Harmattan haze surrounding Abuja National Mosque in Abuja

The Harmattan is a season in West Africa that occurs between the end of November and the middle of March. It is characterized by the dry and dusty northeasterly trade wind, of the same name, which blows from the Sahara over West Africa into the Gulf of Guinea.[1] The name is related to the word haramata in the Twi language.[2] The temperature is cold mostly at night in some places but can be very hot in certain places during daytime. generally, temperature differences can also depend on local circumstances.[3]

The Harmattan blows during the dry season, which occurs during the months with the lowest sun. In this season, the subtropical ridge of high pressure stays over the central Sahara and the low-pressure Intertropical Convergence Zone (ITCZ) stays over the Gulf of Guinea. On its passage over the Sahara, the Harmattan picks fine dust and sand particles (between 0.5 and 10 microns). It is also known as the "doctor wind", because of its invigorating dryness compared with humid tropical air.

Effects

This season differs from winter because it is characterized by cold, dry,[4] dust-laden wind, and also wide fluctuations in the ambient temperatures of the day and night. Temperatures can easily be as low as 9 °C (48 °F) all day, but sometimes in the afternoon the temperature can also soar to as high as 30 °C (86 °F), while the relative humidity drops under 5%. It can also be hot in some regions, like in the Sahara.[5]

Harmattan haze over Ho, Ghana
Before and after comparison of harmattan in Abuja (2004)

The air is particularly dry and desiccating when the Harmattan blows over the region.[4] The Harmattan brings desert-like weather conditions: it lowers the humidity, dissipates cloud cover, prevents rainfall formation and sometimes creates big clouds of dust which can result in dust storms or sandstorms.[citation needed] The wind can increase fire risk[6] and cause severe crop damage.[7] The interaction of the Harmattan with monsoon winds can cause tornadoes.[1]

Harmattan haze

In some countries in West Africa, the heavy amount of dust in the air can severely limit visibility and block the sun for several days,[8] comparable to a heavy fog. This effect is known as the Harmattan haze. It costs airlines millions of dollars in cancelled and diverted flights each year.[9][10] When the haze is weak, the skies are clear.[11] The extreme dryness of the air may cause branches of trees to die.[12]

Health

A 2024 study found that dust carried by the Harmattan increases infant and child mortality, as well as has persistent adverse health impacts on surviving children.[13]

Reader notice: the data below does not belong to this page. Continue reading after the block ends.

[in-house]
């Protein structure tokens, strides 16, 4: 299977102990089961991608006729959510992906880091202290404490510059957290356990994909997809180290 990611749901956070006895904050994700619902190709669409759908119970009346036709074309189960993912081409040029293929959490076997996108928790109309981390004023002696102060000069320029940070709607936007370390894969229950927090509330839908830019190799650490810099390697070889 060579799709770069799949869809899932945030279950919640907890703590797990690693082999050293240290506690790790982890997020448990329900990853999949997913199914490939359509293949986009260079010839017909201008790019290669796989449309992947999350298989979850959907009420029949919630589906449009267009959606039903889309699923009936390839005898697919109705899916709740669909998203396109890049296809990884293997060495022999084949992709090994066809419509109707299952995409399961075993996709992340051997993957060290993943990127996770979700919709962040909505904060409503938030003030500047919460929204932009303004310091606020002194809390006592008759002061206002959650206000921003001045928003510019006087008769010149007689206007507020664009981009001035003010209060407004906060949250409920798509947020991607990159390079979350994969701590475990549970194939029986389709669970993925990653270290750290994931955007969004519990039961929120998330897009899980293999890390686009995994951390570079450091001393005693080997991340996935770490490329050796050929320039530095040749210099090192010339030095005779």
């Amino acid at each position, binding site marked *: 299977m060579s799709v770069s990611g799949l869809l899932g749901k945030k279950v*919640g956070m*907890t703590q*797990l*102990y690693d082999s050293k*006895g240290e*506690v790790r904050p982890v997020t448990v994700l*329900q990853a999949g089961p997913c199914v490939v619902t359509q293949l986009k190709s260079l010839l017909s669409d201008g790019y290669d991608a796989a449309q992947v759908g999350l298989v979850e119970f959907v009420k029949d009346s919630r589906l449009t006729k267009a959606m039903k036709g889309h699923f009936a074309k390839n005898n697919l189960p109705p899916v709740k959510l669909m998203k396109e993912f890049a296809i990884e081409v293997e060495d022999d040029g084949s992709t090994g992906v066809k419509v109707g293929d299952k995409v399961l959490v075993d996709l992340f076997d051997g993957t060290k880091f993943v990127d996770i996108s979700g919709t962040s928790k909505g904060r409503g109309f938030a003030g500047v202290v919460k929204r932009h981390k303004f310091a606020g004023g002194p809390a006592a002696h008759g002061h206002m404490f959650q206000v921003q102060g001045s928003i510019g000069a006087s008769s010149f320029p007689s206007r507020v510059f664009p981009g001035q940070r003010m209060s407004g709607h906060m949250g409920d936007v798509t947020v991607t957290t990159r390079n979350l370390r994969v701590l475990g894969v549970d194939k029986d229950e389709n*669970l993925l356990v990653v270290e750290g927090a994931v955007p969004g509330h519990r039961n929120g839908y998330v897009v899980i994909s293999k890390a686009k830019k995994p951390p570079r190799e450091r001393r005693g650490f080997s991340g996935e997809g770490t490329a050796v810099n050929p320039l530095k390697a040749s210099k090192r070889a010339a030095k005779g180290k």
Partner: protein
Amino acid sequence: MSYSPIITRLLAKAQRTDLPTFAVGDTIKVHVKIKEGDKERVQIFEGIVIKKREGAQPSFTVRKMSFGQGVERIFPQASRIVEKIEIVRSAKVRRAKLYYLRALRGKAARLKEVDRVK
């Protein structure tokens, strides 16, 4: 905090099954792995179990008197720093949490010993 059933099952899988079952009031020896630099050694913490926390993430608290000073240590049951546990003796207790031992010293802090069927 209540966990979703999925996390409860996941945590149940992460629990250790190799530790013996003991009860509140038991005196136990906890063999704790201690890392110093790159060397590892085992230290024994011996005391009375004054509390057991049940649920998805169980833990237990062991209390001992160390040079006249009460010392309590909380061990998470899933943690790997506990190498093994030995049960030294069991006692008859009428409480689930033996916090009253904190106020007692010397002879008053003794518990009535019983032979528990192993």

Humidity can drop lower than 15%, which can result in spontaneous nosebleeds for some people.[7] Other health effects on humans may include conditions of the skin (dryness of the skin), dried or chapped lips, eyes, and respiratory system, including aggravation of asthma.[14]

See also

References

  1. ^ a b "Harmattan". Encyclopædia Britannica. Retrieved 22 July 2015.
  2. ^ "Harmattan". Merriam-Webster. 2012.
  3. ^ Geographical Review (1919): "Knox writes of this wind : The Harmattan is experienced as a wind which blows, especially in the months of December, January, and February, from the NE. and is a hot wind in some localities and a cold wind in others, according to circumstances."
  4. ^ a b Minka, Ndazo Salka; Ayo, Joseph (2014). "Influence of cold–dry (harmattan) season on colonic temperature and the development of pulmonary hypertension in broiler chickens, and the modulating effect of ascorbic acid". Open Access Animal Physiology: 1. doi:10.2147/OAAP.S51741.
  5. ^ Sivakumar, Mannava V. K.; Ndiang'ui, Ndegwa, eds. (2007). Climate and Land Degradation. Environmental Science and Engineering. doi:10.1007/978-3-540-72438-4. ISBN 978-3540724377. At the southern fringe of the Sahara Desert, a special dry and hot wind, locally termed Harmattan, occurs.
  6. ^ Oladipupo, Akolade R (13 December 2014). "Harmattan: Behold A Season". Leadership. Archived from the original on 12 February 2015.
  7. ^ a b Terazono, Emiko; Blas, Javier (19 January 2012). "Saharan wind stirs cocoa market". Financial Times. Retrieved 28 January 2012.
  8. ^ "Tuareg unrest". Temoust. BBC News. 7 September 2007. Archived from the original on 30 December 2007. Retrieved 8 October 2007.
  9. ^ Eze, Chinedu (15 January 2013). "Nigerian Civil Aviation warns pilots, airlines of Harmattan haze". This Day – via All Africa.
  10. ^ Valdmanis, Richard (8 February 2012). "Giant dust cloud chokes west Africa". Reuters. Archived from the original on 11 February 2012. Retrieved 9 February 2012.
  11. ^ Akinrefon, Dapo (16 December 2014). "As harmattan finally hits Lagos". Vanguard. Retrieved 11 October 2015.
  12. ^ "Arago on Comets". The North American Review. 42 (90). Boston: Charles Bowen: 213. January 1836. JSTOR 25103785.
  13. ^ Adhvaryu, Achyuta; Bharadwaj, Prashant; Fenske, James; Nyshadham, Anant; Stanley, Richard (2024). Dust and Death: Evidence from the West African Harmattan (Report). The Economic Journal.
  14. ^ Anuforo, Emeka; Chukwu, Lilian (20 January 2015). "Coping With Health Hazards of Harmattan Haze". Rivers State News.